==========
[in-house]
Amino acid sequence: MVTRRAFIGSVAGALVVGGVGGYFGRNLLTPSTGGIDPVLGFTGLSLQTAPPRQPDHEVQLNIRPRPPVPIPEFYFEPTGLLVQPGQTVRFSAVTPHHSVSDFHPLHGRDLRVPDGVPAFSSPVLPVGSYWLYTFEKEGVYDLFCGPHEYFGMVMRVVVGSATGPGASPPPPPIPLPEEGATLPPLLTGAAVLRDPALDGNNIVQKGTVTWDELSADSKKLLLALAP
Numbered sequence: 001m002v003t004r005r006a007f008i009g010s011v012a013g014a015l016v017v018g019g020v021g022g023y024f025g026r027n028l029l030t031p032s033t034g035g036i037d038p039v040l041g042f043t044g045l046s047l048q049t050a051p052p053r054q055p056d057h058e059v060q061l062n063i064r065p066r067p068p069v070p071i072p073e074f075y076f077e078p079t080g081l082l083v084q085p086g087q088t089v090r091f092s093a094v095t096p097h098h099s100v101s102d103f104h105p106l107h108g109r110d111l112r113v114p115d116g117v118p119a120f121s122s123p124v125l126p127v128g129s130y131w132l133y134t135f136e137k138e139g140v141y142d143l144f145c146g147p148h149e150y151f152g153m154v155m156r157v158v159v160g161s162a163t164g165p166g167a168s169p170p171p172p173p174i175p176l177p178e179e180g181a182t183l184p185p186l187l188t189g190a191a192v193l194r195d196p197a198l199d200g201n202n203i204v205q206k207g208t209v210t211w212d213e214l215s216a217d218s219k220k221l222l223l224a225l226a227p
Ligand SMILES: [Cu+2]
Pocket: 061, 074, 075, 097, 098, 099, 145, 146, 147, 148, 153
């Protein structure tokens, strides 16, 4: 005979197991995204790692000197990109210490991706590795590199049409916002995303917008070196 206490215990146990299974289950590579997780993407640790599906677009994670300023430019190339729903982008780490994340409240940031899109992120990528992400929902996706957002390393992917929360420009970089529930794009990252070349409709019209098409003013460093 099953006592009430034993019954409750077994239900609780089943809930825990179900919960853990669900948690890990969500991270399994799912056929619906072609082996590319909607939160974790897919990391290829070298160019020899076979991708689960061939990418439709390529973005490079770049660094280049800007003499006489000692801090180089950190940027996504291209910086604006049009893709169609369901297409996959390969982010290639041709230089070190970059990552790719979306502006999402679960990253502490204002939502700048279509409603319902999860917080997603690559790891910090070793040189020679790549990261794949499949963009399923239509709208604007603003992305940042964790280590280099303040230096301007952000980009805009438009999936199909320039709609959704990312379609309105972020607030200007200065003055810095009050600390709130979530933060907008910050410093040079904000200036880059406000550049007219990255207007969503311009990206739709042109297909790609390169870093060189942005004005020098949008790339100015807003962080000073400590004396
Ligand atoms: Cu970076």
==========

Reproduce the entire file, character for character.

[in-house]
Amino acid sequence: MVTRRAFIGSVAGALVVGGVGGYFGRNLLTPSTGGIDPVLGFTGLSLQTAPPRQPDHEVQLNIRPRPPVPIPEFYFEPTGLLVQPGQTVRFSAVTPHHSVSDFHPLHGRDLRVPDGVPAFSSPVLPVGSYWLYTFEKEGVYDLFCGPHEYFGMVMRVVVGSATGPGASPPPPPIPLPEEGATLPPLLTGAAVLRDPALDGNNIVQKGTVTWDELSADSKKLLLALAP
Numbered sequence: 001m002v003t004r005r006a007f008i009g010s011v012a013g014a015l016v017v018g019g020v021g022g023y024f025g026r027n028l029l030t031p032s033t034g035g036i037d038p039v040l041g042f043t044g045l046s047l048q049t050a051p052p053r054q055p056d057h058e059v060q061l062n063i064r065p066r067p068p069v070p071i072p073e074f075y076f077e078p079t080g081l082l083v084q085p086g087q088t089v090r091f092s093a094v095t096p097h098h099s100v101s102d103f104h105p106l107h108g109r110d111l112r113v114p115d116g117v118p119a120f121s122s123p124v125l126p127v128g129s130y131w132l133y134t135f136e137k138e139g140v141y142d143l144f145c146g147p148h149e150y151f152g153m154v155m156r157v158v159v160g161s162a163t164g165p166g167a168s169p170p171p172p173p174i175p176l177p178e179e180g181a182t183l184p185p186l187l188t189g190a191a192v193l194r195d196p197a198l199d200g201n202n203i204v205q206k207g208t209v210t211w212d213e214l215s216a217d218s219k220k221l222l223l224a225l226a227p
Ligand SMILES: [Cu+2]
Pocket: 061, 074, 075, 097, 098, 099, 145, 146, 147, 148, 153
């Protein structure tokens, strides 16, 4: 005979197991995204790692000197990109210490991706590795590199049409916002995303917008070196 206490215990146990299974289950590579997780993407640790599906677009994670300023430019190339729903982008780490994340409240940031899109992120990528992400929902996706957002390393992917929360420009970089529930794009990252070349409709019209098409003013460093 099953006592009430034993019954409750077994239900609780089943809930825990179900919960853990669900948690890990969500991270399994799912056929619906072609082996590319909607939160974790897919990391290829070298160019020899076979991708689960061939990418439709390529973005490079770049660094280049800007003499006489000692801090180089950190940027996504291209910086604006049009893709169609369901297409996959390969982010290639041709230089070190970059990552790719979306502006999402679960990253502490204002939502700048279509409603319902999860917080997603690559790891910090070793040189020679790549990261794949499949963009399923239509709208604007603003992305940042964790280590280099303040230096301007952000980009805009438009999936199909320039709609959704990312379609309105972020607030200007200065003055810095009050600390709130979530933060907008910050410093040079904000200036880059406000550049007219990255207007969503311009990206739709042109297909790609390169870093060189942005004005020098949008790339100015807003962080000073400590004396
Ligand atoms: Cu970076």